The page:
Ireland’s new Ambassador to the US, Dan Mulhall, met with President Donald Trump at the White House on Friday.

Mulhall presented his credentials to the president during the brief meeting in the Oval Office, where the two men discussed immigration issues, the bilateral economic relationship between Ireland and the US, and St Patrick’s Day celebrations.

Read More: Dan Mulhall to be Ireland's next Ambassador to the US

The president greeted the ambassador "warmly" and was said to have been “very positively disposed” to Ireland, RTÉ reports.

My thanks to all who sent me congratulations & best wishes. And thank you @realDonaldTrump @potus for welcoming me warmly @WhiteHouse.

— Daniel Mulhall (@DanMulhall) September 9, 2017

Mulhall, who succeeds Anne Anderson in the post, was previously the Irish Ambassador to the UK for four years. His previous postings also include Germany, Malaysia and Belgium, and he was the Director-General for European Affairs at the Department of Foreign Affairs from 2005 to 2009.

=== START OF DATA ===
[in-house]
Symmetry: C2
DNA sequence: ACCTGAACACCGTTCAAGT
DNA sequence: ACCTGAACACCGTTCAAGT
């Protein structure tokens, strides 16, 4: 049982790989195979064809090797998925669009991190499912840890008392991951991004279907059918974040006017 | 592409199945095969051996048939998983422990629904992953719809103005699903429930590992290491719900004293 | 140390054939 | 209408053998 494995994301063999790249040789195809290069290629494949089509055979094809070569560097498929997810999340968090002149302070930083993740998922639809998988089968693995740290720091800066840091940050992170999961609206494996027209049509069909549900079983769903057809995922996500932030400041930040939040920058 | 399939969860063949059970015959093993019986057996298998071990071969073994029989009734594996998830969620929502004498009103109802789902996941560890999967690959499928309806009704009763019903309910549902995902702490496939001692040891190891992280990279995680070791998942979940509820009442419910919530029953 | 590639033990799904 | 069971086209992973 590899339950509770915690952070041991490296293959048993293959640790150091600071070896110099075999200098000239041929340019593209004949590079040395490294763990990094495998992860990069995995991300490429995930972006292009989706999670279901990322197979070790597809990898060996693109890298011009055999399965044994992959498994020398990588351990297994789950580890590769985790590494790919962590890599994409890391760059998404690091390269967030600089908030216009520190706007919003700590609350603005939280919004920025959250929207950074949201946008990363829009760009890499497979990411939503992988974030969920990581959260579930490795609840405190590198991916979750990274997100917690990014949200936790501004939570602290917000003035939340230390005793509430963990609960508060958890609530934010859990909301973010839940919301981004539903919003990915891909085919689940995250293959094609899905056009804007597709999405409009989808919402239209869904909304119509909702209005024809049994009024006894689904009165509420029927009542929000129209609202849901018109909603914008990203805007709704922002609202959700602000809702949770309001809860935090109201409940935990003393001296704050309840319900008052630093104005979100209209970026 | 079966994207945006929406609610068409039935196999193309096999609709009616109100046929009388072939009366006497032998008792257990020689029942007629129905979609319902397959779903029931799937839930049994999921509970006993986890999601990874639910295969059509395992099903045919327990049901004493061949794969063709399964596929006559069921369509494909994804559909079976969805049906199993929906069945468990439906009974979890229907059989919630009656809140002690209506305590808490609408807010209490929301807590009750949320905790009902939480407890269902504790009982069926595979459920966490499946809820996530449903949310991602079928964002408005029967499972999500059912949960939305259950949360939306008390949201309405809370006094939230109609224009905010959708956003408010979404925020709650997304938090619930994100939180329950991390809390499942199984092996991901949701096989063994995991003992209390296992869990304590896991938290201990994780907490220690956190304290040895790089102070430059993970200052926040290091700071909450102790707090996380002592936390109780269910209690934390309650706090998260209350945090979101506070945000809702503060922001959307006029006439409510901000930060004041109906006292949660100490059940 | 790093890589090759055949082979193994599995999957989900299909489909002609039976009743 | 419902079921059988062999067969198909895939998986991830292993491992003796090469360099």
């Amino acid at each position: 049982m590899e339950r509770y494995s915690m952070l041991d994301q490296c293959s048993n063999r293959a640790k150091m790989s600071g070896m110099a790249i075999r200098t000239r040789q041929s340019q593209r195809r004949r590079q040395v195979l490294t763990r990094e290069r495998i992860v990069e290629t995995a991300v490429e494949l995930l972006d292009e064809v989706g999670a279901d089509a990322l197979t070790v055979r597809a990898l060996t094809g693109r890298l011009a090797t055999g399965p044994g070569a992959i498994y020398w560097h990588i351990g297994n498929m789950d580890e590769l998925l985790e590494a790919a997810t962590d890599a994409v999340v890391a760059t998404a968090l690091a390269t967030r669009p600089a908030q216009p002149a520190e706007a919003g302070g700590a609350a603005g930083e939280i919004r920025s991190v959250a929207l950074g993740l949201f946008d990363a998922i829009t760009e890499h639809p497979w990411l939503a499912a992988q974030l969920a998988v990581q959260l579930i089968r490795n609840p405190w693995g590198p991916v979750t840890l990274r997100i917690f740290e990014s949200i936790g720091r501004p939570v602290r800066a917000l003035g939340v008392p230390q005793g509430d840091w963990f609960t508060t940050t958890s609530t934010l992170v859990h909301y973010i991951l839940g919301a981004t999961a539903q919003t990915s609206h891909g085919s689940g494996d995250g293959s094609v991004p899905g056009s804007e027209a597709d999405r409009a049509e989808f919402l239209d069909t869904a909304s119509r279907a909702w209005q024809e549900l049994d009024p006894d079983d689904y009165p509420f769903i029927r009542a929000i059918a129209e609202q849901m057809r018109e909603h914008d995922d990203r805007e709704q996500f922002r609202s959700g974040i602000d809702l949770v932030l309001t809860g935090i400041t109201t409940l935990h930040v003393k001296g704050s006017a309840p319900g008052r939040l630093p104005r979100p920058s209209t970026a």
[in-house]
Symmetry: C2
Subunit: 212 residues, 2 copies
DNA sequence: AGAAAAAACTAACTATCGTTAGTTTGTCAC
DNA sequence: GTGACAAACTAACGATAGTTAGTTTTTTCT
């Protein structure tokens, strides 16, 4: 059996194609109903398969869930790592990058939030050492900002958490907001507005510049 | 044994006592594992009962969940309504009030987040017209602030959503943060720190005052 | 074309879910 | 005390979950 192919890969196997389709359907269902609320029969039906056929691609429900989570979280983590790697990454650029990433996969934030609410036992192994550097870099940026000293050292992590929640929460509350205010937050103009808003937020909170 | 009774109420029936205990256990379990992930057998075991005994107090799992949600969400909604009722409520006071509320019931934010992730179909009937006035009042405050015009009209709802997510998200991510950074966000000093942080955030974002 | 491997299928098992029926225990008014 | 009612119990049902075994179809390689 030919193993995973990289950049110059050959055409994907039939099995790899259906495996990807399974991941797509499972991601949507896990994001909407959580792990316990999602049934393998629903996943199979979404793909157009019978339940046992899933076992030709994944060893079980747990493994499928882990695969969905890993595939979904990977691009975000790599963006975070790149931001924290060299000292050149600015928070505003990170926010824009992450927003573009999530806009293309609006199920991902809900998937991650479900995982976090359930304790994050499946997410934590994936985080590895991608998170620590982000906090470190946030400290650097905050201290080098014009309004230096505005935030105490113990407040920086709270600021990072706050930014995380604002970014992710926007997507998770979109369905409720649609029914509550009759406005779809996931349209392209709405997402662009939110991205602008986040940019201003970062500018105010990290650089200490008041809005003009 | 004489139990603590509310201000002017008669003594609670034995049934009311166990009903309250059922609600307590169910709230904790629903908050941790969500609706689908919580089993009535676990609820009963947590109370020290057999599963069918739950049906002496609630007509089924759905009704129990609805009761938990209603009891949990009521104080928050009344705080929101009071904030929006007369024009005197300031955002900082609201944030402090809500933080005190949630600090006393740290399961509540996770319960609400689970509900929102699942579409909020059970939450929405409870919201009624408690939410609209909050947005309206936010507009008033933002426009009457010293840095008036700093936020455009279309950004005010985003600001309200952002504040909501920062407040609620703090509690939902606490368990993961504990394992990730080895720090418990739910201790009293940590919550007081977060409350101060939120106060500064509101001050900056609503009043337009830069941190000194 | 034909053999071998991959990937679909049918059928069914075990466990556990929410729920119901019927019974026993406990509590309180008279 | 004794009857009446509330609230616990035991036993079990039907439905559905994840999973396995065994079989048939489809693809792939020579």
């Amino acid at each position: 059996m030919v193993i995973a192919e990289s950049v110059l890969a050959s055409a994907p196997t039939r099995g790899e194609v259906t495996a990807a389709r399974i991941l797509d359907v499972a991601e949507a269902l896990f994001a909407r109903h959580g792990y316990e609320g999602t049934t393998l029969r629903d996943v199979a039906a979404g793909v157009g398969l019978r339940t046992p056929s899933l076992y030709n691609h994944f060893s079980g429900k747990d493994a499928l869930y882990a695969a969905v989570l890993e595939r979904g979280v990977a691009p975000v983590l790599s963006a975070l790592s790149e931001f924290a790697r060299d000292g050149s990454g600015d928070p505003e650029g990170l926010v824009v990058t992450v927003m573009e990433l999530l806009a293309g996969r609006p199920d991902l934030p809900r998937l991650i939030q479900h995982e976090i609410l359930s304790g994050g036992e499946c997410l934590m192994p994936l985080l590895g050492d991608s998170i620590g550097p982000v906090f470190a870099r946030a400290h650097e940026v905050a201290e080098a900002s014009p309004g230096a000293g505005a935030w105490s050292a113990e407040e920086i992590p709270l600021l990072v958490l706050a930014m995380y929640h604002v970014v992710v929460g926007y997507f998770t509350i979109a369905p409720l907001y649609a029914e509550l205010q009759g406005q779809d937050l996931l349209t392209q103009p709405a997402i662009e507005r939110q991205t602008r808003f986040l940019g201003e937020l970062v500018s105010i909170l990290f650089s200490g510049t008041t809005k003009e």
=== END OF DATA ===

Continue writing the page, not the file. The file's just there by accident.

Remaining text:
Just leaving the White House after presenting credentials to @potus. I am now officially installed @IrelandEmbUSA.

— Daniel Mulhall (@DanMulhall) September 8, 2017

The Waterford native studied Irish history at University College Cork. He entered the civil service in 1978 as a third secretary in the Department of Foreign Affairs.

Like Trump, Mulhall is a fan of Twitter, where he frequently tweets poetry to his followers. However, as Mulhall recently told The Irish Post, he "tweets carefully."

Ambassador @DanMulhall, Ireland's Ambassador to the USA was delighted to present his credentials today @POTUS @WhiteHouse

— EmbassyofIrelandUSA (@IrelandEmbUSA) September 8, 2017

"I don’t go out of my way to offend people. But what I found is that most people out on Twitter are living lives of quiet satisfaction – the angry ones get a lot of attention but you can probably ignore them most of the time."

Mulhall arrives at a challenging time for US-Irish relations as President Trump cracks down on illegal immigration, potentially affecting thousands of undocumented Irish living in the US.